The on-site 3D printed three-storey apartment building in Wallenhausen, Germany, is believed to be the first of its kind in the country and globally, and is another milestone towards 3D construction printing technology becoming more mainstream. Peri, the German distributor of COBOD’s 3D construction printers, revealed the project at a press conference in Wallenhausen yesterday (17 November 2020).
This is not a research nor demo project but is made for profit, said COBOD in its statement. Upon completion, the 380 sq m commercial apartment building will be owned by local construction company Michael Rupp Bauunternehmung GmbH. It will consist of five different apartments, which are planned to be rented out.
Sebastian Rupp, future managing director at the family owned Michael Rupp Bauunternehmung commented, “We believe that this new technology has enormous potential for the future, and we want to help shape that future. Despite the traditional nature of our craft, we are also innovative and do not shy away from new challenges – quite the opposite in fact.”
On the project, Peri is using COBOD’s BOD2 3D construction printer for the printing of the walls. The BOD2 features a modular build and can be extended in any direction with modules of 2.5 m. For this new building, Peri has chosen a BOD2 of 12.5 m wide, 20 m long and 7.5 m high. See the video of the project here.
The BOD2 printer provides a maximum speed of 100 cm/sec, equivalent to printing or casting 10 t of concrete per hour, with only two operators of the printer required. The BOD2 has also been used to make large concrete structures such as the world’s first 3D printed windmill tower of 10 m, which COBOD delivered under a long-term cooperation with GE Renewable Energy.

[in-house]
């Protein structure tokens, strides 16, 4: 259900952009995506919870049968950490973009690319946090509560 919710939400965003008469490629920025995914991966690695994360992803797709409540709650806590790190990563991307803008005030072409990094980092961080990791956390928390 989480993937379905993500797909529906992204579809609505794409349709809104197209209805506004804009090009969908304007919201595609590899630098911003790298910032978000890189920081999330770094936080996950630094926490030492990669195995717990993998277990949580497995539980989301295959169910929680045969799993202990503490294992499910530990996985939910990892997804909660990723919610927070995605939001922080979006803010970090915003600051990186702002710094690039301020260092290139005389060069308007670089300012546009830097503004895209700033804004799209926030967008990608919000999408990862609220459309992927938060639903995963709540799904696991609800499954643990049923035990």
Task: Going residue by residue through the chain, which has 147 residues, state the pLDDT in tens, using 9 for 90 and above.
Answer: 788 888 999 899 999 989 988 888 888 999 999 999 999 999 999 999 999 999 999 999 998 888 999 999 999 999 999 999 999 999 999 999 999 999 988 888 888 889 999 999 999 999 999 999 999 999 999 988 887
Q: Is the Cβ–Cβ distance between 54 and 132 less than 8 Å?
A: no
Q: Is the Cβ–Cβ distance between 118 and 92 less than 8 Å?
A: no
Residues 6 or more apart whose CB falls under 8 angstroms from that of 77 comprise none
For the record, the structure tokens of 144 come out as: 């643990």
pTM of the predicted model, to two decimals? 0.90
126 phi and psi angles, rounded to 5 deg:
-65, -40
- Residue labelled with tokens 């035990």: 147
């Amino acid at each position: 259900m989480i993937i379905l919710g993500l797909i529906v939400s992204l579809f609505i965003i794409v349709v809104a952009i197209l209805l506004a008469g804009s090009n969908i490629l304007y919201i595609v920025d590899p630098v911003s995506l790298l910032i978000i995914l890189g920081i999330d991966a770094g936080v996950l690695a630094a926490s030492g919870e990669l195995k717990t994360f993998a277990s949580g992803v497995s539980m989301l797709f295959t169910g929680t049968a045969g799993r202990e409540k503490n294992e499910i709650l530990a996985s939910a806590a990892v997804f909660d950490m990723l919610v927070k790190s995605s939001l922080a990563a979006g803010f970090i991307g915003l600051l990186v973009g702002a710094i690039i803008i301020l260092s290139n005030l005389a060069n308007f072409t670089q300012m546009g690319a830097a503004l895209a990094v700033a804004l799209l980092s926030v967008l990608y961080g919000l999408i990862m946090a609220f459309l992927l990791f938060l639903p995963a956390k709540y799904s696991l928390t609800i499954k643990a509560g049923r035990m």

“The BOD2 is a very flexible printer. For this print Peri has chosen to use a long printer, whereas we used a much shorter but taller printer for printing of the 10-m tower for GE. This was the whole idea behind the modular design of the BDO2 printer - it is always possible to find a size that meets the customers need,” explained Henrik Lund-Nielsen, founder and general manager of COBOD.
He added, “We are incredibly pleased, that we are beginning to see the fruits of the many 3D construction printers we have sold. The actual building projects have been delayed by the coronavirus, but now they start to be revealed. This new German project is really a great milestone as the commercial nature of the building proves the competitiveness of the 3D construction printing technology for three-floor buildings and apartment buildings. This, again, opens entirely new markets for our printers.”
Peri is a global supplier of formwork equipment for manual casting of concrete. Its involvement in automated 3D construction printing is a reflection that the conventional construction sector has realised that automation and digitalisation of the construction industry is the future, including using 3D construction printers.
“We are very confident, that 3D construction printing will become increasingly important in certain market segments over the coming years and has considerable potential,” said Thomas Imbacher, innovation and marketing director at Peri GmbH. “By printing the first apartment building on-site, we are demonstrating that this new technology can also be used to print large-scale dwellings units. In terms of 3D construction printing, we are opening up additional areas of application on an entirely new level.”
This latest announcement follows two months after Peri unveiled the first 3D printed building in Germany, a two-storey building, and a few months after COBOD’s Belgian customer, Kamp C, revealed Europe’s first 3D printed two-storey building in Belgium.